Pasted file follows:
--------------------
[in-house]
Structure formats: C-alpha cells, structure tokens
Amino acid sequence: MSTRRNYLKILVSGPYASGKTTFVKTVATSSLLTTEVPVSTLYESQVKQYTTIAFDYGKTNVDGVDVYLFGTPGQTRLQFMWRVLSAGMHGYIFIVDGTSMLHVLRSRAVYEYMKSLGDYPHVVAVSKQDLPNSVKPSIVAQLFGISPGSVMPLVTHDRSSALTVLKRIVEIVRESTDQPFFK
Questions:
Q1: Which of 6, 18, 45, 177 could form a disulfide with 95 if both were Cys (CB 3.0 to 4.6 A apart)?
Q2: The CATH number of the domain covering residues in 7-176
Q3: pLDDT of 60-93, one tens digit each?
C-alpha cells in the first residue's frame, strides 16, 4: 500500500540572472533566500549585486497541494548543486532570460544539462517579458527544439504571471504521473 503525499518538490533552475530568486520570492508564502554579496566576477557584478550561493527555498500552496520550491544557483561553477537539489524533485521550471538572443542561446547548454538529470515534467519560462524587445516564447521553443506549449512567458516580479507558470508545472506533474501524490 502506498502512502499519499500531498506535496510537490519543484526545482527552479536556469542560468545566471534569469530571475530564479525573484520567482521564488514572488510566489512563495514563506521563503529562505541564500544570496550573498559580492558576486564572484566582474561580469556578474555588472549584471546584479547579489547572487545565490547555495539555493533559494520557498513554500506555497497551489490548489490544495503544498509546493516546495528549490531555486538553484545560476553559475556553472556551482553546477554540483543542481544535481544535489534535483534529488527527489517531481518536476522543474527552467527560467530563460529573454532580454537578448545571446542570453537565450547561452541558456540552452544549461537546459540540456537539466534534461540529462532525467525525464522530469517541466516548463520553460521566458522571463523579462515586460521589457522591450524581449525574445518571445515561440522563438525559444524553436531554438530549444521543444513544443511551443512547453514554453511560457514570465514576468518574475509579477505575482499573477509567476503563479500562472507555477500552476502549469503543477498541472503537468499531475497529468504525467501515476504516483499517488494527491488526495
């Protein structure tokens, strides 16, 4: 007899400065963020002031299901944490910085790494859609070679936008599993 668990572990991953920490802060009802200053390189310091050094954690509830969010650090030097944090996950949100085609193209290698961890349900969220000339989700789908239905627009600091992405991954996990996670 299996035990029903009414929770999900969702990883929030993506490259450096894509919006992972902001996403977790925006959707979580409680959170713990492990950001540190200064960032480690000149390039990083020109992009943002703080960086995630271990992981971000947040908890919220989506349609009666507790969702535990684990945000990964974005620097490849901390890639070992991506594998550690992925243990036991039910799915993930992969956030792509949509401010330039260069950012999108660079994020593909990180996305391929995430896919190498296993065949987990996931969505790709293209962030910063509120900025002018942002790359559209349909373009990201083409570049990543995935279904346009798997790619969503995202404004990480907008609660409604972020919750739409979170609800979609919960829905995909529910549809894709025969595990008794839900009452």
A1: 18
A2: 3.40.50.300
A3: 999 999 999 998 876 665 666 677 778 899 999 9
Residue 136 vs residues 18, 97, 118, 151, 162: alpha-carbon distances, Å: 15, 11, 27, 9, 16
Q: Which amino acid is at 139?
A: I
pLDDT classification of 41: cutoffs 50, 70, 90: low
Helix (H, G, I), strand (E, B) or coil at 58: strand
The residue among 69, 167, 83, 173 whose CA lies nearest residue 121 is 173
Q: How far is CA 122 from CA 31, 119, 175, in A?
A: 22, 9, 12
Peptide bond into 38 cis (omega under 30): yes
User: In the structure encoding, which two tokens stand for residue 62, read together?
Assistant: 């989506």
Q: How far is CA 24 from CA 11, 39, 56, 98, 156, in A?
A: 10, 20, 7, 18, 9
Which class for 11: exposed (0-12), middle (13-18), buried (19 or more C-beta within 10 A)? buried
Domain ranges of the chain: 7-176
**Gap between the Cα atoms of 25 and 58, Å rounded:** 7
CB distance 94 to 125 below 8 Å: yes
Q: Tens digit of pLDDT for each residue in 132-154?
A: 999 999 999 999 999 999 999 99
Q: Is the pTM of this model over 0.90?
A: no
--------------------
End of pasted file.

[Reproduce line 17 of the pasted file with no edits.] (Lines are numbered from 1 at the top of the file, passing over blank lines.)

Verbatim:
Helix (H, G, I), strand (E, B) or coil at 58: strand